For many people, the biggest obstacle to becoming a successful investor is the belief that investing is too difficult for them to handle. Because that misconception is so prevalent, Sound Mind Investing shows people how to bust that complexity by establishing a personal investing plan.
With all the emphasis on planning, it's easy to start thinking that investing success or failure depends solely on you. What a relief that isn't the case! Surely God expects each of us to faithfully do the best we can, but ultimately, He has promised to provide for every need, whether or not we pick all the right mutual funds along the way Matthew 6:25-33.
Becoming overly focused on questions such as “Are my investments earning enough?” and “How did the market do today?” can get our eyes off two important areas.
Click here to read the rest of this story.Eat better — for less money
It took a vicious case of Lyme disease to convince Keith Schorsch to change his diet — and his family's. The 44-year-old Seattle resident credits his recovery to nutritional improvements, and ever since then he has insisted on organic, unprocessed, and low-sugar everything. He cut back on carbs, beefed up his protein intake, and lost 50 pounds in the process. His two young sons evince a genuine fondness for yogurt and broccoli. "Eating well and exercising properly changed my life," says Schorsch. "I can now run five to seven miles, whereas before I could run only one to two miles comfortably. And now I bike for two to four hours at a high heart rate; before I was more comfortable in the one-hour range."
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Computer exercise helps stroke victims "see" again
Millie Sauer did not even know she had suffered a stroke until she tried to read a book as she recovered from surgery and saw only a gray blur for part of the page.
Hours or even days had passed since the stroke had damaged part of her brain responsible for vision and Sauer, 69, was far past the point for any effective treatment.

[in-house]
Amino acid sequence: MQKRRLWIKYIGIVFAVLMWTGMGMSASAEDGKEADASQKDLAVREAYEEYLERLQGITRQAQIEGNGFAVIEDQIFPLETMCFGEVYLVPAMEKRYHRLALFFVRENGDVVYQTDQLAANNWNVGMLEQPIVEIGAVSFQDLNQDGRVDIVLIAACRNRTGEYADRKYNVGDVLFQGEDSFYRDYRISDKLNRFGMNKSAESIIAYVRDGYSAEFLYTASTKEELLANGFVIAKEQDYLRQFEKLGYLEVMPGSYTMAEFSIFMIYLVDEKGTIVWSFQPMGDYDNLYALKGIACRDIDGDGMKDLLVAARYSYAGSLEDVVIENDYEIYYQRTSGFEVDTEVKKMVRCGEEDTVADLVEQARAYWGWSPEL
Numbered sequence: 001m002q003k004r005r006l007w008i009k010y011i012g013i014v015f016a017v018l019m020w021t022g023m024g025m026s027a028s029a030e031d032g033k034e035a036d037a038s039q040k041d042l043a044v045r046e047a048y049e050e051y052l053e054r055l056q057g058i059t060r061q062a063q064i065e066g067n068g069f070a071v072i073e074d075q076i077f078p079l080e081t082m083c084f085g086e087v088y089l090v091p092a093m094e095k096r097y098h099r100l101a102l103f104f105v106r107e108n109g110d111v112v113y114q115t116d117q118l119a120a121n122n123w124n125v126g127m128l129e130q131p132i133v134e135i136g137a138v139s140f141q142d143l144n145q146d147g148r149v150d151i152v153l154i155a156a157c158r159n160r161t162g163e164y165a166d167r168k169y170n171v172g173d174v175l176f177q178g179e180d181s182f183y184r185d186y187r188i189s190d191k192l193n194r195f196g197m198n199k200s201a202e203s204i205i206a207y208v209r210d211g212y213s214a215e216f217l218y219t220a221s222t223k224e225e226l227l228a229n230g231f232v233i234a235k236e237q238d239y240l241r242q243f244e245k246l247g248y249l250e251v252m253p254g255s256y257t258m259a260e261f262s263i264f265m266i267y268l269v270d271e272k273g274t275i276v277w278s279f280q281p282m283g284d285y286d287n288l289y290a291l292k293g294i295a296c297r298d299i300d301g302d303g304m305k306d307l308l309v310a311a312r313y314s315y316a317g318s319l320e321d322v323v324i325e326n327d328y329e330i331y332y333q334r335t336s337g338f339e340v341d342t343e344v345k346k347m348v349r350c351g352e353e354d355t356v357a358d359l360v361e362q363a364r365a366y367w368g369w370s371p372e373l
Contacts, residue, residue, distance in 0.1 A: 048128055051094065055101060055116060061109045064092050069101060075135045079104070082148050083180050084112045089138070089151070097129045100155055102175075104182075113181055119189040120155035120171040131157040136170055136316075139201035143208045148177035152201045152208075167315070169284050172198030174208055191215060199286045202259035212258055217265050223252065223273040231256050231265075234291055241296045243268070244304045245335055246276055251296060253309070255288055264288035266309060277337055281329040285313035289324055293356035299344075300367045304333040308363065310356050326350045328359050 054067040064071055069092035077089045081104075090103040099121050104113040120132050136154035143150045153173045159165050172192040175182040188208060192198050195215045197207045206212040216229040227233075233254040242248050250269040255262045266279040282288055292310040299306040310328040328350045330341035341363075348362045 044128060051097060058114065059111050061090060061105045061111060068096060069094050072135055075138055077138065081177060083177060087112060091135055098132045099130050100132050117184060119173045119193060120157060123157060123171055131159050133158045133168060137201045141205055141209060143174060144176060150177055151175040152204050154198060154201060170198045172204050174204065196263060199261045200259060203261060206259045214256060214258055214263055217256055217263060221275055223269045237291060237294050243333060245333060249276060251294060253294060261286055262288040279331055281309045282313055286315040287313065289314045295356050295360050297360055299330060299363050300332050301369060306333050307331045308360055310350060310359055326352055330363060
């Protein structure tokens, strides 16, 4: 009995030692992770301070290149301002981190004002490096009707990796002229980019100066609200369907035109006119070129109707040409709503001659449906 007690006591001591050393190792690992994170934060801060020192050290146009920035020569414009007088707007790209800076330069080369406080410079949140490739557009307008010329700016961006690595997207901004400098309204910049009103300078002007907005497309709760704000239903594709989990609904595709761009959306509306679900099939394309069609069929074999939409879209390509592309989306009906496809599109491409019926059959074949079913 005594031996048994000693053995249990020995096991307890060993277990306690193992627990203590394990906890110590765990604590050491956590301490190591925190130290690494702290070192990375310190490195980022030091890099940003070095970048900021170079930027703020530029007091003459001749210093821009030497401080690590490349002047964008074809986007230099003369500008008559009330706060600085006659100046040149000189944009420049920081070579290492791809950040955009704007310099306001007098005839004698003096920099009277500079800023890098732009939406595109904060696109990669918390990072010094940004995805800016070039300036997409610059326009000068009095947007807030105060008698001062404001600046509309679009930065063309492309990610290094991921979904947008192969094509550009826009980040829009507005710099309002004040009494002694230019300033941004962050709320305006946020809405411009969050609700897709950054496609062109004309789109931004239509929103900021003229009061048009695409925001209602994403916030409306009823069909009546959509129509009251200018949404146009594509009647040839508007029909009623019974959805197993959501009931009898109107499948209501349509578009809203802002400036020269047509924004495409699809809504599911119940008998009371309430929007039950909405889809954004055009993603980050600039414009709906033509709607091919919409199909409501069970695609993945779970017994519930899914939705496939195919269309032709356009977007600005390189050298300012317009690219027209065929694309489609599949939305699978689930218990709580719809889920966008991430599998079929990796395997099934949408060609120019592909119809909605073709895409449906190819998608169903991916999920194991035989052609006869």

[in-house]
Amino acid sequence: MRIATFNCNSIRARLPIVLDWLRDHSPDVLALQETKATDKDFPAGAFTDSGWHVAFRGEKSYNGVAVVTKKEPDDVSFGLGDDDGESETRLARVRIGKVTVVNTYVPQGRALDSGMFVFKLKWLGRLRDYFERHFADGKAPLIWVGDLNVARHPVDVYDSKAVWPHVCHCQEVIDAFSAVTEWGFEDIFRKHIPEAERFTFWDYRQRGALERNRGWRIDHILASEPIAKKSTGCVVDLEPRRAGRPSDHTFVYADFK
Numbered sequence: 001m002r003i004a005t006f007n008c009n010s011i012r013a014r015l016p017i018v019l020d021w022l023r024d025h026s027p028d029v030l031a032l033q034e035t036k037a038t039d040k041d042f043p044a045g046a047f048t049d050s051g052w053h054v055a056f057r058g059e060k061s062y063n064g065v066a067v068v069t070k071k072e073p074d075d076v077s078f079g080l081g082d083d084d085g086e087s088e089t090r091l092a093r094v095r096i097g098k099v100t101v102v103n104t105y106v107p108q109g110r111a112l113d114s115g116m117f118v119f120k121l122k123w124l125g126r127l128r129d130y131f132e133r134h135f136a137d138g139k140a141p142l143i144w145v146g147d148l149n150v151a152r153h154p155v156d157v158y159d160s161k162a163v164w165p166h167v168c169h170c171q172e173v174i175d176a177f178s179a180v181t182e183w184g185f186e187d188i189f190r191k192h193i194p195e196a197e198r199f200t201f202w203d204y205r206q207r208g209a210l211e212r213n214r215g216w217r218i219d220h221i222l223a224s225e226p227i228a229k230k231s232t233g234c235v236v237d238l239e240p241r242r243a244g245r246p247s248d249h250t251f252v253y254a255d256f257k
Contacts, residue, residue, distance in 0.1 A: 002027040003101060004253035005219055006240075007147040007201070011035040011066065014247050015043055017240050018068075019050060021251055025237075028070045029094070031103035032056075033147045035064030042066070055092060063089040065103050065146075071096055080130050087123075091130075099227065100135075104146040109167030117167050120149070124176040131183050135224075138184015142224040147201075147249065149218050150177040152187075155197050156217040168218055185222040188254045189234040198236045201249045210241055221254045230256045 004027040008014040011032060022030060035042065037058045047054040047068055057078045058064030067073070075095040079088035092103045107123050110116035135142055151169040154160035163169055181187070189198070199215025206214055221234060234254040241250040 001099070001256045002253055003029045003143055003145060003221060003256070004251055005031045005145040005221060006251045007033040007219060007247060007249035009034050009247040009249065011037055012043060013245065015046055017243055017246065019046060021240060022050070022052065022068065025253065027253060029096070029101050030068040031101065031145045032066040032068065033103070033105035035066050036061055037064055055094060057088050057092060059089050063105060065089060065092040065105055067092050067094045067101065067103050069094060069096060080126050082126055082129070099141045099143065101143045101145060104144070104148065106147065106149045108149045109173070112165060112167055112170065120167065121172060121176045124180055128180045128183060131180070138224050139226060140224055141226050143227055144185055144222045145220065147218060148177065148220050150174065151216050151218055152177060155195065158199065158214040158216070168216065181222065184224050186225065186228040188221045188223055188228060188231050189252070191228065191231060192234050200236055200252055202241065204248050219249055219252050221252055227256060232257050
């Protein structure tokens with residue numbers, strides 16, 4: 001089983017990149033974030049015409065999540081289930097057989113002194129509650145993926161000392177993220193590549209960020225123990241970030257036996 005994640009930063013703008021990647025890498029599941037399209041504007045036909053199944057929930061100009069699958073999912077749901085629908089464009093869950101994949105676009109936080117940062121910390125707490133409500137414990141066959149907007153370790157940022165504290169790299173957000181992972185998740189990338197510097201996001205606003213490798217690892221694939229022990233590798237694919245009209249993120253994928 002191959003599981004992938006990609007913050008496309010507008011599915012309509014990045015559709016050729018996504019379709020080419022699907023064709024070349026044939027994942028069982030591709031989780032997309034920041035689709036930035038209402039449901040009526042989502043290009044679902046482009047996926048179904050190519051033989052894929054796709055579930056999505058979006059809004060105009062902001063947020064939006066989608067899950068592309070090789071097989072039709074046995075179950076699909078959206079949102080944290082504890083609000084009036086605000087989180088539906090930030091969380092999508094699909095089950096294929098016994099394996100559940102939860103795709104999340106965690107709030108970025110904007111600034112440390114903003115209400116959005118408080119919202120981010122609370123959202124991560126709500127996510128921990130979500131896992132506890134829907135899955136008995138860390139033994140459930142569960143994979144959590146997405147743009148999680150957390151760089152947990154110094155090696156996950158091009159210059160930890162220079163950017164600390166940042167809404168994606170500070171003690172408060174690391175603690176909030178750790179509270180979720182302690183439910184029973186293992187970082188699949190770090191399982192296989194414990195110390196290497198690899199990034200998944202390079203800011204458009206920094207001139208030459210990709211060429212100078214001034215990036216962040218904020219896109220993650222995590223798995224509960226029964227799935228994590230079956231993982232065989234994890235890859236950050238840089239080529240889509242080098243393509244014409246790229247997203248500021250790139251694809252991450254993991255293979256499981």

"I was told I would have to live with my situation," Sauer, who lives in Sun City West, Arizona, said in a telephone interview.
Click here to see what helped Millie.Time to Say Bye To Washers of Old?
One of the main selling points of high-efficiency clothes washers is that they'll save you several hundred dollars in water and energy costs over the life of the appliance. We've come a long way from the washers of the 1930s, but is it worthwhile to spend $200 to $300 more than the price of a typical washer?
"These days we're loath to tell someone to spend the extra money because we don't know what kind of budget they're working with," says Celia Kuperszmid Lehrman, deputy home editor for Consumer Reports, which published its latest washer ratings in February. "But if you tend to take the long view, you will make up that money in the end."
Read on for help in deciding whether a high-efficiency washer is right for you.
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Do You Know What Your Doctor Is Talking About?
Lately when I see patients nodding their heads at the end of a visit, as if in agreement with the therapeutic plan, I can’t help but remember Jack.
Jack (not his real name) had barely entered middle age when I met him, a hospital patient who suffered from diabetes, high blood pressure, vascular disease and kidney failure. I spent about a week caring for him, covering temporarily for a colleague who was away, and I quickly learned from the nurses that Jack was a well-known figure on the ward.
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